The severity of an injury from biting an electric cord depends on the amount of current delivered.

In mild cases, the dog bites through the protective sheath but releases the wire before significant damage is done. Mild injuries also occur when the wire itself is not conducting a lot of power. In these cases, the injury is local to the mouth and is limited to burns on the gums, lips, tongue, or cheeks. The severity of mild burns increases in cases where the lesions become infected.

In more severe cases, the dog bites through the protective sheath and then is unable to release the wire. This is typically because the electricity causes the muscles in the jaw to spasm, clamping them closed on the cord. This might happen with a cord that is conducting a little or a lot of electricity. In either case, the electric current travels deeper into the body, affecting various internal organs.

The most severe cases of injury caused by biting an electric cord are those where the current enters the body and affects the heart or the lungs. These conditions are very serious, and are potentially life threatening, either immediately or in the days following the incident.

In cases where the electrical current affects the lungs, it is possible for respiratory distress to develop. The lungs fill with fluid over the hours following the injury, making it difficult to breathe.

In cases where the electrical current affects the heart, it can damage the heart muscle causing rapid, slowed, or irregular heartbeat. The onset of these symptoms is sometimes immediate and resolves quickly on its own. In some cases onset is delayed, evolving over hours or even days.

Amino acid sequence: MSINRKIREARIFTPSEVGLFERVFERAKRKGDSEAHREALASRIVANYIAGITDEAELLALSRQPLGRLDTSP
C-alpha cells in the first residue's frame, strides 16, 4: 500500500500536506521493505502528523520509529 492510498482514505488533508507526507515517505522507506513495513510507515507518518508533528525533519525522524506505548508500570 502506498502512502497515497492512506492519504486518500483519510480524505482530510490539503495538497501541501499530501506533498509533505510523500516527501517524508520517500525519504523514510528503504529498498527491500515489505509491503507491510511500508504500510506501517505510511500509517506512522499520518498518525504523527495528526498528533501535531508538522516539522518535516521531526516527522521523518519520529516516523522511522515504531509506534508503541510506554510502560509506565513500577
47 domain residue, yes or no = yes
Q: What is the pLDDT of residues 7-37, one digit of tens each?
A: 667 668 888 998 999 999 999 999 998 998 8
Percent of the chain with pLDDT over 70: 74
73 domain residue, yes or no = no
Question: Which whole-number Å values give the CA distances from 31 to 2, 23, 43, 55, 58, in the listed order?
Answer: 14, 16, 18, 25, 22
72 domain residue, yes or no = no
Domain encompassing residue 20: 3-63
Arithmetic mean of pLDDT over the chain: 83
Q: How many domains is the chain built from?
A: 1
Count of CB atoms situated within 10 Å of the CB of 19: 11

Possible causes


When a dog bites through the protective sheath of a live electrical cord, the electricity enters the body in two ways: as heat at the site of contact between the dog’s tissue and the electricity, and as current passing through the body, damaging internal organs.

Heat at the site of contact with the cord leads to thermal burns of varying severity, depending on amount of current running through the wire.

Main symptoms


The main symptoms of thermal burns from electric cord bite injury include burn marks around the mouth, lips, gums, or tongue. These marks are pale yellow, tan, gray, or dark red.

Testing and diagnosis


Immediate veterinary attention is recommended for dogs showing symptoms of electrocution.

Diagnosis of this type of injury is based on: